Therefore, I urge you, brothers and sisters, in view of God's mercy, to offer your bodies as a living sacrifice, holy and pleasing to God—this is your true and proper worship. Do not conform to the pattern of this world, but be transformed by the renewing of your mind. Then you will be able to test and approve what God's will is—his good, pleasing and perfect will. –Romans 12:1-2
"The issue is not whether you are being formed, it is who is forming you and what you are being formed into," began Revered Dr. Garret Smith (Zach, Daliya) in Wednesday morning's Chapel.
Pastor Smith played a clip of a conformity study done in the 1960's, which showcased the pressure to conform to what others are doing/saying. The word "conform" in the above passage refers to schematic design – a picture of a basic concept, or taking on the appearance of something. "World" means "age" or the time period one lives in. "What characterizes this age?" he asked. He challenged the students to think about why these words from the Apostle Paul to the Roman Christians were even necessary. Why would a believer want to take on the form of the world? "We are caused to doubt," he said. Many people buy into the concept that the latest thinking or idea – whatever that is – is the best. "Ideas come and go," Pastor Smith said. "As Christians, we are able to take eternal truths and impress them into our culture. We are not to resist our culture, but influence it."
We are not to conform, we are to be transformed. "Transform" is a metamorphosis – the changing of a caterpillar into a butterfly. We are changing on the inside; as we become like Jesus we will see things the way He sees them. "We get to wear 'Jesus glasses' as we walk around," Pastor Smith encouraged.
In closing, Pastor Smith offered three ways to take off the mask of conformity and be who God made us to be:
1) Remember the pull and the foolishness of conforming to the world. We are pressed to conform to worldly thinking, but this is foolish.
2) Find allies. "The pressure of conformity can often be erased by having just one other person 'on your side'," Pastor Smith said. "Proverbs 13:20 says Walk with the wise and become wise, for a companion of fools suffers harm. You become like the people you hang around with."
3) Be transformed. Pastor Smith warned the students to beware of trying only to look like a church person. "Jesus wants to change us," he said. And we all, who with unveiled faces contemplate the Lord's glory, are being transformed into his image with ever-increasing glory, which comes from the Lord, who is the Spirit. –2 Corinthians 3:18
We do not dare to classify or compare ourselves with some who commend themselves. When they measure themselves by themselves and compare themselves with themselves, they are not wise. We, however, will not boast beyond proper limits, but will confine our boasting to the sphere of service God himself has assigned to us, a sphere that also includes you. We are not going too far in our boasting, as would be the case if we had not come to you, for we did get as far as you with the gospel of Christ. Neither do we go beyond our limits by boasting of work done by others. Our hope is that, as your faith continues to grow, our sphere of activity among you will greatly expand, so that we can preach the gospel in the regions beyond you. For we do not want to boast about work already done in someone else's territory. But, "Let the one who boasts boast in the Lord."For it is not the one who commends himself who is approved, but the one whom the Lord commends. –2 Corinthians 10:12-18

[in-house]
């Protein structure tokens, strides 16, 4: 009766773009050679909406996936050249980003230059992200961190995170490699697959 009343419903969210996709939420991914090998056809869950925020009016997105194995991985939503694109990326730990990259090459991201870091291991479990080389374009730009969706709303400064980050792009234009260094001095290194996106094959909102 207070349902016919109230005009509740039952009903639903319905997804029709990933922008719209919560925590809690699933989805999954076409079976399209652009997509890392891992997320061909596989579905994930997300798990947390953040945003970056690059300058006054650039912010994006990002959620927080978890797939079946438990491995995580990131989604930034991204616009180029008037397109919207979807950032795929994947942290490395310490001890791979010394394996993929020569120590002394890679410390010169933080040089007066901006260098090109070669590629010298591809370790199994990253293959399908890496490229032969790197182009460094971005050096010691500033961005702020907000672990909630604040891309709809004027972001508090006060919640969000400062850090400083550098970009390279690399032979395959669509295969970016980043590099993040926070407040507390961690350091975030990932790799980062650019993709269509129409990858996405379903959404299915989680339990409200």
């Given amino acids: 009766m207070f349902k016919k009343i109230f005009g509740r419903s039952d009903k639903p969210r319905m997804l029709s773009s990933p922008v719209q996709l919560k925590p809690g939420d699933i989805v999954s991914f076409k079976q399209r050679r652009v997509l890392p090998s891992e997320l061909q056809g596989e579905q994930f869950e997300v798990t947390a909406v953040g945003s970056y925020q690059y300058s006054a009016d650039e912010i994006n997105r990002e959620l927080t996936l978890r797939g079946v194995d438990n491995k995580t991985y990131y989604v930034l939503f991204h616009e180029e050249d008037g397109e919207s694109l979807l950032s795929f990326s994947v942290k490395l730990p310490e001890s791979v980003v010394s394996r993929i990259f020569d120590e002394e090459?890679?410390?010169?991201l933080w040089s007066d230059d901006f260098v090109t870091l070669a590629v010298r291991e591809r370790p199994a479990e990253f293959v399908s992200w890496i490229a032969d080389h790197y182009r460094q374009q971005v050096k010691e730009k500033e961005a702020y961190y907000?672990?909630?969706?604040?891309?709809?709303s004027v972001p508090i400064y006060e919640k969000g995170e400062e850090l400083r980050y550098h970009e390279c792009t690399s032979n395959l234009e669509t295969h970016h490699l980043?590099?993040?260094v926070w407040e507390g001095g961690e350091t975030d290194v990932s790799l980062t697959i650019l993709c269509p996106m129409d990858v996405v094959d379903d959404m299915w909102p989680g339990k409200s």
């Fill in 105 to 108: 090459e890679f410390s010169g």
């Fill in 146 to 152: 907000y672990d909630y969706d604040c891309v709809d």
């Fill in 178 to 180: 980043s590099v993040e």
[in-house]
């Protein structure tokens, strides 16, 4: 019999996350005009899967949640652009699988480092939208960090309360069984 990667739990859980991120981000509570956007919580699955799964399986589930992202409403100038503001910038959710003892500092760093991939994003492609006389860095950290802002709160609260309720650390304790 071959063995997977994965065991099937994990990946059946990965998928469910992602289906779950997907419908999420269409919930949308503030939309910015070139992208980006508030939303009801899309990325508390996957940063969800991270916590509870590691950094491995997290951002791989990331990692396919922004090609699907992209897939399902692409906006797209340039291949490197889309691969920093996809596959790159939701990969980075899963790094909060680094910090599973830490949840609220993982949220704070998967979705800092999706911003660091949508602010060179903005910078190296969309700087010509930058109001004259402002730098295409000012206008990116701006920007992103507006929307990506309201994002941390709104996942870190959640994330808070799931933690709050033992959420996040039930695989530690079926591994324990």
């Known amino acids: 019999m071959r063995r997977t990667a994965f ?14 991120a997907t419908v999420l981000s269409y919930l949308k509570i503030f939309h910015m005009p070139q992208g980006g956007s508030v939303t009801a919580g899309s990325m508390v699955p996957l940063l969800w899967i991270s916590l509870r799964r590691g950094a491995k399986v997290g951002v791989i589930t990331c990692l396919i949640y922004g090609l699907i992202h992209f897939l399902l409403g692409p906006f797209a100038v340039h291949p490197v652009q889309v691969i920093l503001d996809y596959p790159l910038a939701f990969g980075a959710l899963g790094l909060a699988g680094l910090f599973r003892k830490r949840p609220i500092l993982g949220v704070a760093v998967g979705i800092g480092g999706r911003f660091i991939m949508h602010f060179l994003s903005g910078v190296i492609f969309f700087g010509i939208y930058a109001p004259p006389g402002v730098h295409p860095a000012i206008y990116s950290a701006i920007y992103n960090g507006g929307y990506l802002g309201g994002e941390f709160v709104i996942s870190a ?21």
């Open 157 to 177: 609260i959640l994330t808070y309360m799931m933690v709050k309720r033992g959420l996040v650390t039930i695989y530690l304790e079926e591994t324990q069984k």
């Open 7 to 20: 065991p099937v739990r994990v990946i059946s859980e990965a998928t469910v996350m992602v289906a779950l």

But he [the Lord] said to me, "My grace is sufficient for you, for my power is made perfect in weakness." Therefore I will boast all the more gladly about my weaknesses, so that Christ's power may rest on me. That is why, for Christ's sake, I delight in weaknesses, in insults, in hardships, in persecutions, in difficulties. For when I am weak, then I am strong. – 2 Corinthians 12:9-10
Pastor Andy Ober, church planter in residence of High Rock Southwest Boston Church, spoke Wednesday afternoon to students about a topic no one wants to hear: failure. A popular catch phrase is 'Failure is not an option,' but Pastor Ober told the students they will all experience it at some point in their lives. He told them everyone gets caught in the trap of 'I need to try harder because I can't fail at _______.'
"God ultimately doesn't care about our success," Pastor Ober said. "He wants us to do well, but He is more concerned about our faithfulness. What really matters is how faithful we are with what we've been given."
Using the Apostle Paul as an example, Pastor Ober said Paul knew what it was like to not feel good enough. It is easy to feel like a failure in the face of criticism, but Paul did not fall into the trap of feeling like a failure. He did not look for approval from people, but looked to God for approval. He didn't worry about what others thought, but trusted God and what God made him to be.
"You are going to fail in your life," he said. "What matters is how faithful you are in the journey. It is doing the right thing whether it brings you success or not. It is doing the best you can with what God has given you."
Pastor Ober closed by exhorting the students to ask themselves, when they have failed in something: Have I been faithful? "I want to invite you to focus on being faithful," he said. "Focus on faithfulness and don't worry about failure."
Chaplain Omar Brown invited the Boston Trinity community to celebrate the heart of God as it relates to justice when the student body gathered for Wednesday's Chapel service, led by the Trinity Institute for Leadership and Social Justice.
Mr. Zeke Smith of FOCUS Boston spoke to students Wednesday morning about asking for help. "We don't like to think of ourselves as needing help," he said. "We want to feel like we can 'do it all ourselves'. We want to be perceived as self-reliant."